EP1023910A1 - Preparation of osteophilic surfaces for metallic prosthetic devices anchorable to bone - Google Patents

Preparation of osteophilic surfaces for metallic prosthetic devices anchorable to bone Download PDF

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Publication number
EP1023910A1
EP1023910A1 EP19990810078 EP99810078A EP1023910A1 EP 1023910 A1 EP1023910 A1 EP 1023910A1 EP 19990810078 EP19990810078 EP 19990810078 EP 99810078 A EP99810078 A EP 99810078A EP 1023910 A1 EP1023910 A1 EP 1023910A1
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device
surface
bone
surfaces
attachment
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German (de)
French (fr)
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James Dr. Simpson
Samuel Prof. Steinemann
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Synthes GmbH
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Synthes GmbH
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    • AHUMAN NECESSITIES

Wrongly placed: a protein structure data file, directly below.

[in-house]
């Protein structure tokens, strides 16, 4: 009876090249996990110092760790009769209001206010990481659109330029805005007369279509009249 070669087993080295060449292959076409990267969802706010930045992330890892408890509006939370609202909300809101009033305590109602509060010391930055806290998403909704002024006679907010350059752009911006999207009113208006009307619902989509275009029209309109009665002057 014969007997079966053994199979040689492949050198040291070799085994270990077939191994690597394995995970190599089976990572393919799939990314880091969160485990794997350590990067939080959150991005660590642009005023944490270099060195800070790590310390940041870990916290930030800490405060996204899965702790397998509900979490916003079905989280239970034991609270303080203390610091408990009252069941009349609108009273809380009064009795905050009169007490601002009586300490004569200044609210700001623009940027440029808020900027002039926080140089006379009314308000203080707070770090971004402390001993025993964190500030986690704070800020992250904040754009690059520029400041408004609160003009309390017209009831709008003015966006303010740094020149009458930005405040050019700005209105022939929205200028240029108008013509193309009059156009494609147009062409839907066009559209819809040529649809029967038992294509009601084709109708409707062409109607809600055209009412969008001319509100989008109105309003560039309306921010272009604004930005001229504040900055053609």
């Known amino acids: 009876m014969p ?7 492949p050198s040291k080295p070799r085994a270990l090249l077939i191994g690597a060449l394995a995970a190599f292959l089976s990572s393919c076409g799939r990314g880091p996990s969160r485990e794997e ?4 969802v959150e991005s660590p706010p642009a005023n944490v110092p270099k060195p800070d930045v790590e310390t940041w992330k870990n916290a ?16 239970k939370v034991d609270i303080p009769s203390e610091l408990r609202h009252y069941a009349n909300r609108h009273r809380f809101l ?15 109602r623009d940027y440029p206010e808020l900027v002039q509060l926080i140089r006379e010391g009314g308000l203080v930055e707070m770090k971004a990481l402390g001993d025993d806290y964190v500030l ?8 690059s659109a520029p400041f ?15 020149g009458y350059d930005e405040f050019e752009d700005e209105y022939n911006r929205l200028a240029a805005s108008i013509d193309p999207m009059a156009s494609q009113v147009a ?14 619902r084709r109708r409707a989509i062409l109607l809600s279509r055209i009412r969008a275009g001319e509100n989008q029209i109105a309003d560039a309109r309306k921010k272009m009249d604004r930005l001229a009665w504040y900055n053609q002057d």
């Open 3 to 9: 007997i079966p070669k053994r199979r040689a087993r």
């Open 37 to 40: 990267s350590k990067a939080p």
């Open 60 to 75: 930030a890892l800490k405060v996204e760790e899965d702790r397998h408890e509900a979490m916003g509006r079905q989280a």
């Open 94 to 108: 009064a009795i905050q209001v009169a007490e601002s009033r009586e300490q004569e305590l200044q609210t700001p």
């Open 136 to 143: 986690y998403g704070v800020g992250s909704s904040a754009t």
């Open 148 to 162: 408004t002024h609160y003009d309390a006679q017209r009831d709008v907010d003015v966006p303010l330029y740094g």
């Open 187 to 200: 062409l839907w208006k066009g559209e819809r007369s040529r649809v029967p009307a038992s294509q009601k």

• A61MEDICAL OR VETERINARY SCIENCE; HYGIENE
    • A61LMETHODS OR APPARATUS FOR STERILISING MATERIALS OR OBJECTS IN GENERAL; DISINFECTION, STERILISATION, OR DEODORISATION OF AIR; CHEMICAL ASPECTS OF BANDAGES, DRESSINGS, ABSORBENT PADS, OR SURGICAL ARTICLES; MATERIALS FOR BANDAGES, DRESSINGS, ABSORBENT PADS, OR SURGICAL ARTICLES
    • A61L27/00Materials for grafts or prostheses or for coating grafts or prostheses
    • A61L27/02Inorganic materials
    • A61L27/04Metals or alloys
    • AHUMAN NECESSITIES
    • A61MEDICAL OR VETERINARY SCIENCE; HYGIENE
    • A61FFILTERS IMPLANTABLE INTO BLOOD VESSELS; PROSTHESES; DEVICES PROVIDING PATENCY TO, OR PREVENTING COLLAPSING OF, TUBULAR STRUCTURES OF THE BODY, E.G. STENTS; ORTHOPAEDIC, NURSING OR CONTRACEPTIVE DEVICES; FOMENTATION; TREATMENT OR PROTECTION OF EYES OR EARS; BANDAGES, DRESSINGS OR ABSORBENT PADS; FIRST-AID KITS